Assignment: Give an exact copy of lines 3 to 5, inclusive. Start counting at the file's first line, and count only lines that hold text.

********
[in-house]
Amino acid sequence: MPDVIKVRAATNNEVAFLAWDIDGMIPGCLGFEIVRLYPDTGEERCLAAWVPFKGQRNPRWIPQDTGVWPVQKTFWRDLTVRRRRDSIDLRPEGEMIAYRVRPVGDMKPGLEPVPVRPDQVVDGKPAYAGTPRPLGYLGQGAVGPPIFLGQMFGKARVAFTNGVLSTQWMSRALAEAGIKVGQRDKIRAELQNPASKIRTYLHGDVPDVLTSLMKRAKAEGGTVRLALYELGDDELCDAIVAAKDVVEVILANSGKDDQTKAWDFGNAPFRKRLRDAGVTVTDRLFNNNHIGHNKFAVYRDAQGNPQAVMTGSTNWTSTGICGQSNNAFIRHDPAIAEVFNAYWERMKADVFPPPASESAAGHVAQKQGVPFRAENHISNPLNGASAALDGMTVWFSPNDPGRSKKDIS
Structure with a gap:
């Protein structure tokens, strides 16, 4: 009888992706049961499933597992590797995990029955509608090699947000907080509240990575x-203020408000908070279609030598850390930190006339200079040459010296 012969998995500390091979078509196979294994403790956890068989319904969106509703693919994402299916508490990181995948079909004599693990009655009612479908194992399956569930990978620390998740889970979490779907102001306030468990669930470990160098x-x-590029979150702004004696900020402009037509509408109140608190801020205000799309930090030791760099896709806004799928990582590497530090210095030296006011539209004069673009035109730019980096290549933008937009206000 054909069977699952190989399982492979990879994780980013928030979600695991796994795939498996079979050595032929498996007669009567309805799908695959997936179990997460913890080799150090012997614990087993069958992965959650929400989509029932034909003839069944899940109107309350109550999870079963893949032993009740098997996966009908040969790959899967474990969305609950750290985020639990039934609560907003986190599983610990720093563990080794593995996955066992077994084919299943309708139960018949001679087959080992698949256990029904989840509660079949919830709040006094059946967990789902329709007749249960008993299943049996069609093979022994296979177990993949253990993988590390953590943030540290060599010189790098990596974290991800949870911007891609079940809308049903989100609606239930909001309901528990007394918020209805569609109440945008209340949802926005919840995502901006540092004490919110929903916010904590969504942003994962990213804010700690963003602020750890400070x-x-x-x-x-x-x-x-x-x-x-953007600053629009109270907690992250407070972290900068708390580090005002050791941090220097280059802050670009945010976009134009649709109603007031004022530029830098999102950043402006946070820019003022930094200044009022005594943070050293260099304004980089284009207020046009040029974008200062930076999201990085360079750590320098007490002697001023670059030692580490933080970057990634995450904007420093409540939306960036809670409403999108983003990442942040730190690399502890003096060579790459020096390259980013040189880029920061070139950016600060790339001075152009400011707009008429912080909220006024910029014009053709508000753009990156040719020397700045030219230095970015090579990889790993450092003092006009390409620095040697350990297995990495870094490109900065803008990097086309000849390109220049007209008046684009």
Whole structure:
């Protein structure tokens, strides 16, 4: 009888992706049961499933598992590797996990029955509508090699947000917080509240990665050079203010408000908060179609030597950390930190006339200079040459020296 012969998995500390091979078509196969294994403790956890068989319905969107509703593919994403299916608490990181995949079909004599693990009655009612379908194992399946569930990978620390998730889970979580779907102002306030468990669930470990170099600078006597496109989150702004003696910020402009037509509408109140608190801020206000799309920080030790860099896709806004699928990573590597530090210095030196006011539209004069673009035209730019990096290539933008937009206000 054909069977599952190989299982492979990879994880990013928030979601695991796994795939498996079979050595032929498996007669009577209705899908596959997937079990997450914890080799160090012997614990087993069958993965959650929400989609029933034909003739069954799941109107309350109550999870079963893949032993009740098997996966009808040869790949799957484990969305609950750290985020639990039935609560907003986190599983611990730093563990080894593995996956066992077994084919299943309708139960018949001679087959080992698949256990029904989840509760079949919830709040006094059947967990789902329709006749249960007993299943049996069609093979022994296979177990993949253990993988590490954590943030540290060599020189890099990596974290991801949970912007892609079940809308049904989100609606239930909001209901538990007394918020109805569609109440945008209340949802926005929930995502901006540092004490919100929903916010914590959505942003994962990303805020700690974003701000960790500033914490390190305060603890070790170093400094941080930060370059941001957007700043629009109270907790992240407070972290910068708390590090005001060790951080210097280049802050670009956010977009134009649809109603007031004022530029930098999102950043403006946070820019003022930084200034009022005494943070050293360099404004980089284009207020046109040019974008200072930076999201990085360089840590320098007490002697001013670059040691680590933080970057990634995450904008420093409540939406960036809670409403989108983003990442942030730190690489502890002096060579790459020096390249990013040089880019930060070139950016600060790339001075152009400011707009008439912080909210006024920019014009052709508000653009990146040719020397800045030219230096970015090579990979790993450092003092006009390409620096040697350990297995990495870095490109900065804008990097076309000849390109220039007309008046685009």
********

Structure with a gap:
């Protein structure tokens, strides 16, 4: 009888992706049961499933597992590797995990029955509608090699947000907080509240990575x-203020408000908070279609030598850390930190006339200079040459010296 012969998995500390091979078509196979294994403790956890068989319904969106509703693919994402299916508490990181995948079909004599693990009655009612479908194992399956569930990978620390998740889970979490779907102001306030468990669930470990160098x-x-590029979150702004004696900020402009037509509408109140608190801020205000799309930090030791760099896709806004799928990582590497530090210095030296006011539209004069673009035109730019980096290549933008937009206000 054909069977699952190989399982492979990879994780980013928030979600695991796994795939498996079979050595032929498996007669009567309805799908695959997936179990997460913890080799150090012997614990087993069958992965959650929400989509029932034909003839069944899940109107309350109550999870079963893949032993009740098997996966009908040969790959899967474990969305609950750290985020639990039934609560907003986190599983610990720093563990080794593995996955066992077994084919299943309708139960018949001679087959080992698949256990029904989840509660079949919830709040006094059946967990789902329709007749249960008993299943049996069609093979022994296979177990993949253990993988590390953590943030540290060599010189790098990596974290991800949870911007891609079940809308049903989100609606239930909001309901528990007394918020209805569609109440945008209340949802926005919840995502901006540092004490919110929903916010904590969504942003994962990213804010700690963003602020750890400070x-x-x-x-x-x-x-x-x-x-x-953007600053629009109270907690992250407070972290900068708390580090005002050791941090220097280059802050670009945010976009134009649709109603007031004022530029830098999102950043402006946070820019003022930094200044009022005594943070050293260099304004980089284009207020046009040029974008200062930076999201990085360079750590320098007490002697001023670059030692580490933080970057990634995450904007420093409540939306960036809670409403999108983003990442942040730190690399502890003096060579790459020096390259980013040189880029920061070139950016600060790339001075152009400011707009008429912080909220006024910029014009053709508000753009990156040719020397700045030219230095970015090579990889790993450092003092006009390409620095040697350990297995990495870094490109900065803008990097086309000849390109220049007209008046684009």
Whole structure: